Changes afoot for the Fate of the Jedi paperbacks

UPDATE 11/11: Sue Rostoni says that Del Rey is dropping the plan to print the Fate of the Jedi paperbacks as premiums. They will be the regular mass market.

Someone asked a question about the higher price ($9.99) listed for the first Fate of the Jedi paperback reprint over at StarWars.com, and today we get an answer from Sue Rostoni:

They’re making the books a little larger and calling them “premium” paperbacks — they’re 3/4″ taller and a touch wider. Seems to be the trend in paperbacks now. I don’t know yet whether this change is for all our paperbacks, or just the FotJ ones…

The format has been around for a while, but I can’t recall seeing it on any SF/F before…

UPDATE: See the comments for pictures of a premium format paperback with a trade and mass market.

22 thoughts on “Changes afoot for the Fate of the Jedi paperbacks

  1. Pingback: EUCantina.net − FOTJ Paperback Cost Increasing, More Coming?

  2. Jaina

    They did that with the most recent Dresden Files paperback and I *hate* it. I need my paperbacks shorter, so I can squash more of them on a shelf! (Also, $10 for a paperback is highway robbery.)

  3. Gabri Jade

    The exact same content in a slightly larger package as justification for a higher price? Ridiculous. It just wastes paper. I hate the “premium” paperback format, and the effect it’s had on me so far is to rely even more on used booksellers.

  4. Mark Newbold

    Hate it, hate it, hate it!
    People set their shelves so that the regular format paperbacks fit on there and this kind of messing about just ruins that.
    Why mess with a good thing – do people in bookland think we need bigger books because the print is too small, or we might lose a smaller book? Or is it just another excuse to charge an extra few percent?

    Yes, I AM cynical about this.

  5. Dawfydd

    In the UK it’s quite common to find this ‘premium’ format used quite frequently for sf/f books, but it’s fairly rare for books that tie-in to fanchises (like SW) to use it. The only examples I’m aware of are the Indiana Jones books and the novelisation of the latest Star Trek.
    As a rule thought they don’t tend to cost anymore than traditional MM format books, but I think most people will be torqued about the fact it breaks up the shelf profile of existing collections :(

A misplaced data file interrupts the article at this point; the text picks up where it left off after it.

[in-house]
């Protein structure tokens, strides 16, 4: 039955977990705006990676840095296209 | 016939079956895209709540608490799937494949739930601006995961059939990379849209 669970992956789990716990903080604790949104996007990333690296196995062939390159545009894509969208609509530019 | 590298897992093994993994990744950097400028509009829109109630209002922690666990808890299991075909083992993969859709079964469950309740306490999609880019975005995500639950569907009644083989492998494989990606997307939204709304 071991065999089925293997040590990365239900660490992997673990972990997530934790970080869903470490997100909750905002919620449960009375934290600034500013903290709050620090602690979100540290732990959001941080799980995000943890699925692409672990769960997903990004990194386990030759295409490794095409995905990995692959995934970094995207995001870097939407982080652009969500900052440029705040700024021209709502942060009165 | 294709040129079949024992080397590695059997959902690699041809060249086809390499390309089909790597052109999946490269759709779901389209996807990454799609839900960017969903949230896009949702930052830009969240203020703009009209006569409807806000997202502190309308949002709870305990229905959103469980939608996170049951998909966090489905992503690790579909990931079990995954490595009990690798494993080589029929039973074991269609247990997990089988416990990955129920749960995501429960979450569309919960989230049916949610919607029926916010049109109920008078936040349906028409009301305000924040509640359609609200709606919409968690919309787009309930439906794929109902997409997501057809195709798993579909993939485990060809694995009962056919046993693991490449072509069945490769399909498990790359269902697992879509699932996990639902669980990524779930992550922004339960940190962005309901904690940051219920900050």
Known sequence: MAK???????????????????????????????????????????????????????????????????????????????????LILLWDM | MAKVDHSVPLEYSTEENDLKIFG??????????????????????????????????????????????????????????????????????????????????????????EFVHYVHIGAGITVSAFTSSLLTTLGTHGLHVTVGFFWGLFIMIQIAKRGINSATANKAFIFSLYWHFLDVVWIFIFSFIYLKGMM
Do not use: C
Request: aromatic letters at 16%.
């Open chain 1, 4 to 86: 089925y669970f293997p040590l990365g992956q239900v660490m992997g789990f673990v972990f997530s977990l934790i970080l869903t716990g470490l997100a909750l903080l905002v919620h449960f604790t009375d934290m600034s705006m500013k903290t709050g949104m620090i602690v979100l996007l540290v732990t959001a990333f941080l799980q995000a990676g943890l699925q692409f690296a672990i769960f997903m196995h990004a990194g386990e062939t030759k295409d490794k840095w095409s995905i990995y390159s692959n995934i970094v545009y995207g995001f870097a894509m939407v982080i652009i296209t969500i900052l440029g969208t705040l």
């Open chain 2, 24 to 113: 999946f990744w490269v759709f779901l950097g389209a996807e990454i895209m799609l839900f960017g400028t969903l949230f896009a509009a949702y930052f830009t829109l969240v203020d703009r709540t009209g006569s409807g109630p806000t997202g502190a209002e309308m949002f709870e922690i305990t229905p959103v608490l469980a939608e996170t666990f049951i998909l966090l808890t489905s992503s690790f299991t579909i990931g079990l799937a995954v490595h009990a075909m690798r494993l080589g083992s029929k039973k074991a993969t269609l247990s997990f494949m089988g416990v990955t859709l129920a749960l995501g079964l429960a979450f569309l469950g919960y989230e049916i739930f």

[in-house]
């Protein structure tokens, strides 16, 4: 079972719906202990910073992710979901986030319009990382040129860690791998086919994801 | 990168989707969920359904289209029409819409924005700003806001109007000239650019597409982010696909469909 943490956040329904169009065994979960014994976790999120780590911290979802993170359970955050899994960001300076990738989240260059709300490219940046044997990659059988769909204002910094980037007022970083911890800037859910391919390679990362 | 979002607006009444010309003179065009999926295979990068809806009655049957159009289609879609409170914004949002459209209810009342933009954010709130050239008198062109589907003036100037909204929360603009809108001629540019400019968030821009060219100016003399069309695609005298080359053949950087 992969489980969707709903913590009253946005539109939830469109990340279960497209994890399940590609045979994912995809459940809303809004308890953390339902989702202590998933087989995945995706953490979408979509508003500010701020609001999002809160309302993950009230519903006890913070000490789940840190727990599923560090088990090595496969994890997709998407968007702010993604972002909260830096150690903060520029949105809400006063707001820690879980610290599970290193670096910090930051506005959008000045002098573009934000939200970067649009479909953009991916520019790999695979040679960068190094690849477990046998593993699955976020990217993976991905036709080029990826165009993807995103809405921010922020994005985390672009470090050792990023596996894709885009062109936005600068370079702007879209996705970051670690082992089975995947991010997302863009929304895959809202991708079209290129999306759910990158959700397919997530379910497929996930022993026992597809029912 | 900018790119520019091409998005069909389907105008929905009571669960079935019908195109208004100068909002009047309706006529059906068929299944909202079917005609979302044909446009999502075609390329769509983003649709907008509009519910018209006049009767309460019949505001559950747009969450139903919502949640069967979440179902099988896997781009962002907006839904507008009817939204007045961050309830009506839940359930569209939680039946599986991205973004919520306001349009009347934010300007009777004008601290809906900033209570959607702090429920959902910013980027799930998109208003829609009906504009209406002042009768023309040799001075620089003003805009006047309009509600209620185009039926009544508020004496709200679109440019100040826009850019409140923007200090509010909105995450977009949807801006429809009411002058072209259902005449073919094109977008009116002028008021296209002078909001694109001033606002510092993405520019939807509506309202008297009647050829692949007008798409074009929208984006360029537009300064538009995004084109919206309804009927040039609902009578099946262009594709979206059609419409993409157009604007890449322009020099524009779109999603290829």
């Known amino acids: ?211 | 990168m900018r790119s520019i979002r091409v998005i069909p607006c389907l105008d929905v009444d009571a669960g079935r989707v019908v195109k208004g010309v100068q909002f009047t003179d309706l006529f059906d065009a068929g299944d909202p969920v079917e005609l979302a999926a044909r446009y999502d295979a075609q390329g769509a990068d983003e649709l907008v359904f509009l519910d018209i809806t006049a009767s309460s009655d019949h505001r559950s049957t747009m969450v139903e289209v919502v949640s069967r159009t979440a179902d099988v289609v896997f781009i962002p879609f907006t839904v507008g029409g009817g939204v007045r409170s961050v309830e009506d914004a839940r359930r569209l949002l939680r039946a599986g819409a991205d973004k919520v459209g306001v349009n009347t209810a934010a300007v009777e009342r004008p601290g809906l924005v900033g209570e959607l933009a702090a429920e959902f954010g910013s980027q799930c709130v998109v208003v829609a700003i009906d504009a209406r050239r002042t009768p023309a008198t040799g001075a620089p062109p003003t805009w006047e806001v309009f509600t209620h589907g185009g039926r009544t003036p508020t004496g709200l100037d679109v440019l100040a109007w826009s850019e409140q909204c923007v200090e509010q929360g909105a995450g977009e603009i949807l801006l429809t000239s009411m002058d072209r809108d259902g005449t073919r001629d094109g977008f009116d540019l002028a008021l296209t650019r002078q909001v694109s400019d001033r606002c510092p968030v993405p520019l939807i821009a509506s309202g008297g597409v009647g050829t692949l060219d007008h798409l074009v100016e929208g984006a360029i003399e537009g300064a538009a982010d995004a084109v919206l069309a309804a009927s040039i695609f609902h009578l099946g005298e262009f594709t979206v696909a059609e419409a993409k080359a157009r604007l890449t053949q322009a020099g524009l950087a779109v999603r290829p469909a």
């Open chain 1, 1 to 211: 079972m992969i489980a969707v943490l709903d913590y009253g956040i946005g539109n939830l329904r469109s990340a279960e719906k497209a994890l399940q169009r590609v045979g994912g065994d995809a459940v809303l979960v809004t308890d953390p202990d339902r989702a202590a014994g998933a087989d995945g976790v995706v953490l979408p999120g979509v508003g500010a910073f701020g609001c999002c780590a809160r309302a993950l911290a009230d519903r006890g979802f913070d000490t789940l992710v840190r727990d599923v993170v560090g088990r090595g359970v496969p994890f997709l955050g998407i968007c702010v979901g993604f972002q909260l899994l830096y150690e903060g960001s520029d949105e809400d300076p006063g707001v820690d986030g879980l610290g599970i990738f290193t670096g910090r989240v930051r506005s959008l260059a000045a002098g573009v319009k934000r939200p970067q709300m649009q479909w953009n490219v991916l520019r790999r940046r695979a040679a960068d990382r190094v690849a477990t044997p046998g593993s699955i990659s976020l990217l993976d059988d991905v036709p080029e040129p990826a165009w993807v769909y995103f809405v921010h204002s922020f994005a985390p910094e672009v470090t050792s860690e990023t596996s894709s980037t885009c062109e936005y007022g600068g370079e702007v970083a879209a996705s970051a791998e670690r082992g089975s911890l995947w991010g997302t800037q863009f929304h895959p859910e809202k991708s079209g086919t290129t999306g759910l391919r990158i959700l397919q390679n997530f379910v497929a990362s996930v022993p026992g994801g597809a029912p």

6. Mike

    I bet it’s all about demographics. They know Star Wars fans are growing older (1977 – age 12, 2009 – age 44; 1977 – age 25…), so they give us oldtimers slightly bigger letters. Considering those teeny tiny fonts used on most websites, that’s a step in the right direction. Go seniors! :-P

  7. Paula

    First off, I’m anal-retentive. I have not been a fan of this size because it screws with my shelf layout, first off.

    Secondly, I don’t like the size in my hands. It’s just a bit too big, but not big enough to make up for it.

    Boo.

  8. jedifarfy

    The new format is nothing more than a justification for charging more. They’ve usually stuck the format on larger authors like James Patterson and John Sandford. The taller books have been slow to multiply, but we’d been told at work that all the publishers were going to eventually go them. It’s stupid and a waste of space.

  9. Dunc Post author

    It’s not a trade paperback. It’s kind of in-between, but only slightly bigger (mostly taller) than a normal paperback. I believe part of the selling point on them is that they can fit on the existing book racks at places like drugstores, which even smaller trades can’t. So maybe it’s about getting more books in the view of casual readers. (I have noticed less and less SF/F at places like Meijer than there was ten years ago…)

    Neither price nor size really bothers me, but I have yet to read anything in this format so there may be issues there. But if I want a book enough, I’ll buy it in the first available format, whatever that may be. I don’t care what shape it’s in, as long as it’s readable.

  10. izikavazo

    Is Sue new to publishing? This format is called trade paperback and it’s very common. And you guys really shouldn’t complain about the $10 price tag, that’s really not high for a trade paperback.
    And be thankful none of you live up in Canada, we’ve been paying $10 for mass market paperbacks for years and upwards of $30 for hardcovers (unless you’re me and you get amazon pre-orders).

  11. Paula

    Yeah. Those look to be the size of the Clone Wars ones.

    Ick.

    I can’t WAIT to go to my store and see these wondrous things. (Not so. I lie.)

  12. Paula

    Okay. It’ll still disturb my OCD, but it might not annoy my hands as feared.

    Thanks for doing that, Dunc!

  13. jawajames

    with those pictures, it’s clear purpose is defined.. fit in the carousels that regular paperbacks fit in, but be taller! thus stick out behind regular paperbacks and entice you with different colored covers.

    pretty soon in a few years:
    “Hey, aren’t you a little short for a paperback?”

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